Pain management in post total knee replacement
Osteoarthritis, OA affects approximately one in 10 individuals and is equally prevalent in men and women, although there is higher prevalence in postmenopausal and obese women. Knee OA’s high prevalence is directly associated with a rising number of surgical interventions designed to reduce pain and increase mobility for patients (i.e., total knee arthroplasty, TKA).
Managing pain in post total knee replacement plays a key role in successful outcomes.
By Keith Khoo PT, Physical Therapy Products February 26, 2015
According to Moffet et al’s 2004 study, “More intensive rehabilitation should be promoted in the subacute recovery period after TKA, to optimize functional outcomes in the first year after surgery.”
Aggressive focus on active and passive knee extension is one of the most important components of postoperative early rehabilitation. Persistent TKA flexion contractures are difficult to eliminate once they have been present for more than 3 months.
The most prominent outcome variable linked to OA and TKA is pain. The process for pain management that was applied in prehabilitation is the same process and rationale for post-surgical pain management.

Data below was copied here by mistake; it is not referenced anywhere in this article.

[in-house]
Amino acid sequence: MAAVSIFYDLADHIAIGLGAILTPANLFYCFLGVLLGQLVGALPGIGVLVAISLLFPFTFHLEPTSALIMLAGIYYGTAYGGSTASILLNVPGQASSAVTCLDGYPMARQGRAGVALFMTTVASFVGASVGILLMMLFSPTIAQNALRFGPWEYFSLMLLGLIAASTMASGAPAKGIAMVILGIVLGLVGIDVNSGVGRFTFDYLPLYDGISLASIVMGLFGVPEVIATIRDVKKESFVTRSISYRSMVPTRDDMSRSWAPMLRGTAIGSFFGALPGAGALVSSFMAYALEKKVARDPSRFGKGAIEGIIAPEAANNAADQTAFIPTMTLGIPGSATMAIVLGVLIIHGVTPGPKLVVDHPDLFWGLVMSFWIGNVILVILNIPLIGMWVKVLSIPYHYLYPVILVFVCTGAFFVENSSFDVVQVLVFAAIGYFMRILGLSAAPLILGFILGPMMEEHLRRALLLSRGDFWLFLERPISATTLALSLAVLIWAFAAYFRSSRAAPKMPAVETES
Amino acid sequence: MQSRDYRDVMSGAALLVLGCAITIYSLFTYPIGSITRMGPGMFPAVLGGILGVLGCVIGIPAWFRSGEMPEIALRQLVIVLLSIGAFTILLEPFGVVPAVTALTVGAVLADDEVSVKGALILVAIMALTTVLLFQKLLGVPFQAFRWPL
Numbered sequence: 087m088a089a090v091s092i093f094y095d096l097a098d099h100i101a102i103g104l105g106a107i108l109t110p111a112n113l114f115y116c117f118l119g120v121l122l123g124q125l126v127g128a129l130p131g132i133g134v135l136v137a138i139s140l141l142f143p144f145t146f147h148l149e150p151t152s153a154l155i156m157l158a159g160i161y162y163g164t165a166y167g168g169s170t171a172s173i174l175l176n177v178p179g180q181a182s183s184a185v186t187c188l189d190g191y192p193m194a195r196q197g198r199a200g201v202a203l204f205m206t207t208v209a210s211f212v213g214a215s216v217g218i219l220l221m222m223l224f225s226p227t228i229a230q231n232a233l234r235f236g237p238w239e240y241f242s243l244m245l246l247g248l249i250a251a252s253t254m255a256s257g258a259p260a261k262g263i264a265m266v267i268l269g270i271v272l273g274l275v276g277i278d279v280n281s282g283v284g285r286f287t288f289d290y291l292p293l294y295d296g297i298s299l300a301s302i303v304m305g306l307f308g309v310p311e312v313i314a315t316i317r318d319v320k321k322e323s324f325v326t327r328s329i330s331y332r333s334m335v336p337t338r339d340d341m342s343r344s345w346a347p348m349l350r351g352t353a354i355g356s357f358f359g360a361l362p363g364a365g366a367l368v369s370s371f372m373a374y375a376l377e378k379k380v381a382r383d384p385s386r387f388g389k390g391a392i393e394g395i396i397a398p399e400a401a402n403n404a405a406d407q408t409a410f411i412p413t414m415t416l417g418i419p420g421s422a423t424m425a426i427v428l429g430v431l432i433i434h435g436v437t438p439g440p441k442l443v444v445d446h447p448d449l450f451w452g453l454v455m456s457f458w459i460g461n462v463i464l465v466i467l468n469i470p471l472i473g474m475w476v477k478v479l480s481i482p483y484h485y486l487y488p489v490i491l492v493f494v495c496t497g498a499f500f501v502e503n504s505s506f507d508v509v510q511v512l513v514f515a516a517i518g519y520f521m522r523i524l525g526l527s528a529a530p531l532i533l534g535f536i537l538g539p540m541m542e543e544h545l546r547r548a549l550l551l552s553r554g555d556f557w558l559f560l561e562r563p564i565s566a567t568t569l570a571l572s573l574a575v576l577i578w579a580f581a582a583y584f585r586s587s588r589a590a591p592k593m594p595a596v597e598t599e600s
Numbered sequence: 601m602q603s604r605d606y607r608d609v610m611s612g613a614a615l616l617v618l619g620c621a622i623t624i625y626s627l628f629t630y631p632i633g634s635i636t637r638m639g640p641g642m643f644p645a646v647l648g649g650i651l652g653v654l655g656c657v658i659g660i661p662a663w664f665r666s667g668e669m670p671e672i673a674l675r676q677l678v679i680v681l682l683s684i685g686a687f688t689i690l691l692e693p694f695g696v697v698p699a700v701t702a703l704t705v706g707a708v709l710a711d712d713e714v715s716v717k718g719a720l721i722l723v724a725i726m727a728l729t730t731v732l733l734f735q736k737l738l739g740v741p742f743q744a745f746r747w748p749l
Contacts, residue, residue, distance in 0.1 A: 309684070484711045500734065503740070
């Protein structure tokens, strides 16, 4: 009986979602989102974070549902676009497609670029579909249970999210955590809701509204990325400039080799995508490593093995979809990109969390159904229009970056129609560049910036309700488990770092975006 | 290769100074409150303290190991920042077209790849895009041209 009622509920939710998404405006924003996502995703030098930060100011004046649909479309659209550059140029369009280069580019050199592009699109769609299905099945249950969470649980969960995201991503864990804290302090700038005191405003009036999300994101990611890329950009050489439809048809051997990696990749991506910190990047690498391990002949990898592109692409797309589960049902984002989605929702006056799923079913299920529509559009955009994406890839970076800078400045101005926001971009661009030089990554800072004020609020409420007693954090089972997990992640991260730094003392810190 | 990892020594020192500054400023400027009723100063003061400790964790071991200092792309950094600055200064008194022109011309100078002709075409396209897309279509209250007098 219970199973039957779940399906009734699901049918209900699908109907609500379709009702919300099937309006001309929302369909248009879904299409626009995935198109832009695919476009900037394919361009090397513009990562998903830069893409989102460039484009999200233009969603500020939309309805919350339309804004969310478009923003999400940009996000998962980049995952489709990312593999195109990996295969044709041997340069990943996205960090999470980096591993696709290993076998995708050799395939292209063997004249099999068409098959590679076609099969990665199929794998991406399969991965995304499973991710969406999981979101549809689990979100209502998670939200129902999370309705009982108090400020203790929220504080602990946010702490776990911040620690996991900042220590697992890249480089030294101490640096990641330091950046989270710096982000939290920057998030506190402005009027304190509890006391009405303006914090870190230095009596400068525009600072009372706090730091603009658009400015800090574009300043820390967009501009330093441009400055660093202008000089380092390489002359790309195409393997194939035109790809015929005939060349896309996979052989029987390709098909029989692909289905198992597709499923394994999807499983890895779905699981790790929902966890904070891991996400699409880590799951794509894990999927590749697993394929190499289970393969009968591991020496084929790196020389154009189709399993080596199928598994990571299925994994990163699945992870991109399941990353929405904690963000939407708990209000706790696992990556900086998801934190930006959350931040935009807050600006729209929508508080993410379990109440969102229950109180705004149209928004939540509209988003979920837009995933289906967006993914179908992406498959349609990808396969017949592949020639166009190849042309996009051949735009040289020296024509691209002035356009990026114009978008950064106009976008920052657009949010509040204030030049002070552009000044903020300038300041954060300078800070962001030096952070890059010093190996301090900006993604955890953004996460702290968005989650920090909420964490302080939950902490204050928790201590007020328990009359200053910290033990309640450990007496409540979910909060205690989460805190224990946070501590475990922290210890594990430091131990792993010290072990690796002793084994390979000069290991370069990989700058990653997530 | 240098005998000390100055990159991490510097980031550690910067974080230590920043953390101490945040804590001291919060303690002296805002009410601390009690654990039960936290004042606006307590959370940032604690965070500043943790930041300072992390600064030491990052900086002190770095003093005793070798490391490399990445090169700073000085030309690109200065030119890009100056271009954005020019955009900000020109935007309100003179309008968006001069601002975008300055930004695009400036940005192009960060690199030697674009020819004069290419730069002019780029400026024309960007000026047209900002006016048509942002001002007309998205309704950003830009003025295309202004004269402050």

Central sensitization plays an important role in post-surgical and post-traumatic pain. Post-operative pain is mostly nociceptive, which is pain perception following surgical insult.
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Effectiveness of Intensive Rehabilitation on Functional Ability and Quality of Life After First Total Knee Arthroplasty: A Single-Blind Randomized Controlled Trial, Hélène Moffet PT PhD, Jean-Paul Collet PhD, Stanley H. Shapiro PhD, Gaston Paradis MD, François Marquis MD, Lucille Roy PT. Arch Phys Med Rehabil. 2004 Apr;85(4):546-56.